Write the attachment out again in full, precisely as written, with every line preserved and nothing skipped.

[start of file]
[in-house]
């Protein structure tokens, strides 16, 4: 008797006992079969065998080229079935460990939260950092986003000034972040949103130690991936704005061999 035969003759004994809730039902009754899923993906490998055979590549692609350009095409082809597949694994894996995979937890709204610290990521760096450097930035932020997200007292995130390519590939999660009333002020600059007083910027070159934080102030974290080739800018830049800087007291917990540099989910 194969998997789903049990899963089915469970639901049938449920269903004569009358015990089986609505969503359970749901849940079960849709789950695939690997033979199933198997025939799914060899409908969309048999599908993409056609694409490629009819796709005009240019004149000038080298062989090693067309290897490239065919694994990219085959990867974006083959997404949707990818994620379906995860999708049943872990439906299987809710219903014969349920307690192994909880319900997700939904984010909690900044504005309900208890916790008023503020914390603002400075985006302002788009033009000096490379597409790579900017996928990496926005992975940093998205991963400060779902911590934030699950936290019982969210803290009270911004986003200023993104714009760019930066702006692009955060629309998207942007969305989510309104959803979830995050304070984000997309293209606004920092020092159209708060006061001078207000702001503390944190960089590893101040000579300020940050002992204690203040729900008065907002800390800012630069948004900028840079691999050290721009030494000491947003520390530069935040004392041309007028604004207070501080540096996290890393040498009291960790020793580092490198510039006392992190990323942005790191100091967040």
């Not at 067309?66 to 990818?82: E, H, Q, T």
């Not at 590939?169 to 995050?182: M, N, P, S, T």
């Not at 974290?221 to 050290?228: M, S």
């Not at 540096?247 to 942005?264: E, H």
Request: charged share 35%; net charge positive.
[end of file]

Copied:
[in-house]
């Protein structure tokens, strides 16, 4: 008797006992079969065998080229079935460990939260950092986003000034972040949103130690991936704005061999 035969003759004994809730039902009754899923993906490998055979590549692609350009095409082809597949694994894996995979937890709204610290990521760096450097930035932020997200007292995130390519590939999660009333002020600059007083910027070159934080102030974290080739800018830049800087007291917990540099989910 194969998997789903049990899963089915469970639901049938449920269903004569009358015990089986609505969503359970749901849940079960849709789950695939690997033979199933198997025939799914060899409908969309048999599908993409056609694409490629009819796709005009240019004149000038080298062989090693067309290897490239065919694994990219085959990867974006083959997404949707990818994620379906995860999708049943872990439906299987809710219903014969349920307690192994909880319900997700939904984010909690900044504005309900208890916790008023503020914390603002400075985006302002788009033009000096490379597409790579900017996928990496926005992975940093998205991963400060779902911590934030699950936290019982969210803290009270911004986003200023993104714009760019930066702006692009955060629309998207942007969305989510309104959803979830995050304070984000997309293209606004920092020092159209708060006061001078207000702001503390944190960089590893101040000579300020940050002992204690203040729900008065907002800390800012630069948004900028840079691999050290721009030494000491947003520390530069935040004392041309007028604004207070501080540096996290890393040498009291960790020793580092490198510039006392992190990323942005790191100091967040």
């Not at 067309?66 to 990818?82: E, H, Q, T």
């Not at 590939?169 to 995050?182: M, N, P, S, T």
């Not at 974290?221 to 050290?228: M, S």
């Not at 540096?247 to 942005?264: E, H």
Request: charged share 35%; net charge positive.